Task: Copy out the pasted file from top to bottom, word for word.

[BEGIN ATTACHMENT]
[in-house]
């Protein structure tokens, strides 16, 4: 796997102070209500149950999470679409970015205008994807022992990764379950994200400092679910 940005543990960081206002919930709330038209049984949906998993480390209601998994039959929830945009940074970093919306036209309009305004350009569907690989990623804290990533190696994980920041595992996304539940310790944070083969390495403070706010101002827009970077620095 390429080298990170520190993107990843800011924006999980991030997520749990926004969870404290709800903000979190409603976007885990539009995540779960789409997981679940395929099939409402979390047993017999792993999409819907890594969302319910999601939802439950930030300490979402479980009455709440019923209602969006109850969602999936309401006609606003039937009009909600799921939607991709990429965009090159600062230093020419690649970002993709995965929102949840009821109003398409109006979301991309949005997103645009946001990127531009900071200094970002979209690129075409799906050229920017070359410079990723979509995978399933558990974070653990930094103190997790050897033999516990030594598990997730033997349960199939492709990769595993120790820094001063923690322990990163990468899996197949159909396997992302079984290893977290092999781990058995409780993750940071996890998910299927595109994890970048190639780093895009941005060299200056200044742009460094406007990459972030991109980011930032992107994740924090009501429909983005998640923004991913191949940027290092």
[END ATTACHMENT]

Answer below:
[in-house]
């Protein structure tokens, strides 16, 4: 796997102070209500149950999470679409970015205008994807022992990764379950994200400092679910 940005543990960081206002919930709330038209049984949906998993480390209601998994039959929830945009940074970093919306036209309009305004350009569907690989990623804290990533190696994980920041595992996304539940310790944070083969390495403070706010101002827009970077620095 390429080298990170520190993107990843800011924006999980991030997520749990926004969870404290709800903000979190409603976007885990539009995540779960789409997981679940395929099939409402979390047993017999792993999409819907890594969302319910999601939802439950930030300490979402479980009455709440019923209602969006109850969602999936309401006609606003039937009009909600799921939607991709990429965009090159600062230093020419690649970002993709995965929102949840009821109003398409109006979301991309949005997103645009946001990127531009900071200094970002979209690129075409799906050229920017070359410079990723979509995978399933558990974070653990930094103190997790050897033999516990030594598990997730033997349960199939492709990769595993120790820094001063923690322990990163990468899996197949159909396997992302079984290893977290092999781990058995409780993750940071996890998910299927595109994890970048190639780093895009941005060299200056200044742009460094406007990459972030991109980011930032992107994740924090009501429909983005998640923004991913191949940027290092």